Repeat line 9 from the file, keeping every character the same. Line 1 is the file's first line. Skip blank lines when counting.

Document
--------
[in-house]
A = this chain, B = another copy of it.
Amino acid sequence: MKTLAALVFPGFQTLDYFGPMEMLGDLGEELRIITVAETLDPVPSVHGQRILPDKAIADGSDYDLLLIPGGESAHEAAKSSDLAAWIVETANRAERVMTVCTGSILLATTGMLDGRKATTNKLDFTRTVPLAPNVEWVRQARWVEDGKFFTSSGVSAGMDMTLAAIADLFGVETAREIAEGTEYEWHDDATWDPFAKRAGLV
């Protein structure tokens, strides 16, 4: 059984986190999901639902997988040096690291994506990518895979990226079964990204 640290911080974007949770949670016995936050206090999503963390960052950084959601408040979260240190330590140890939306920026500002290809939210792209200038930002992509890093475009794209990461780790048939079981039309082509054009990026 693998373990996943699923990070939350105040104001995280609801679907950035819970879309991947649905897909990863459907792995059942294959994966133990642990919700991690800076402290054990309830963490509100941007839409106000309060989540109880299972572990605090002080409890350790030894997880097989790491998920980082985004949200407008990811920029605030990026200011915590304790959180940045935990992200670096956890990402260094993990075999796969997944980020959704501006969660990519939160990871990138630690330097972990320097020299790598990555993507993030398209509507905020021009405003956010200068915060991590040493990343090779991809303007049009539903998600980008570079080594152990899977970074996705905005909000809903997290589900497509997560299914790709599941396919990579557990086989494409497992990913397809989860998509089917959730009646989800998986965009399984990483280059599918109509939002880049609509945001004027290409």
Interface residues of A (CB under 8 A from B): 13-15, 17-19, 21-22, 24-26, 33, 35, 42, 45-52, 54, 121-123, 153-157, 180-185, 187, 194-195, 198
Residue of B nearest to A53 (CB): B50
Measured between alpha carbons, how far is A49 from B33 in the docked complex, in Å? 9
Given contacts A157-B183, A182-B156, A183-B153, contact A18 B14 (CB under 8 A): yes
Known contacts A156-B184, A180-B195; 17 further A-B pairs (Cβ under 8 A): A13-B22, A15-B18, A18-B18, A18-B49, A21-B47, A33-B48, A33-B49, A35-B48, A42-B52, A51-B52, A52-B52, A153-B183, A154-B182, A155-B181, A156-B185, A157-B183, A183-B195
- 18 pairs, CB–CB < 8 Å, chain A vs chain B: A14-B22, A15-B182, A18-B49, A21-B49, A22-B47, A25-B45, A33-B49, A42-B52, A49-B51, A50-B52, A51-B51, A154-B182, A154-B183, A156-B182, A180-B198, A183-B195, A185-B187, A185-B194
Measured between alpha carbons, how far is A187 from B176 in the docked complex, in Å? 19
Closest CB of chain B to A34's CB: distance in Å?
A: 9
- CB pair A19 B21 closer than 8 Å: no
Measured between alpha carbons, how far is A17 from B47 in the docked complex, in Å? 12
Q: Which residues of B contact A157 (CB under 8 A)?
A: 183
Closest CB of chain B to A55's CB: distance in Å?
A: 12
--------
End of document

Known contacts A156-B184, A180-B195; 17 further A-B pairs (Cβ under 8 A): A13-B22, A15-B18, A18-B18, A18-B49, A21-B47, A33-B48, A33-B49, A35-B48, A42-B52, A51-B52, A52-B52, A153-B183, A154-B182, A155-B181, A156-B185, A157-B183, A183-B195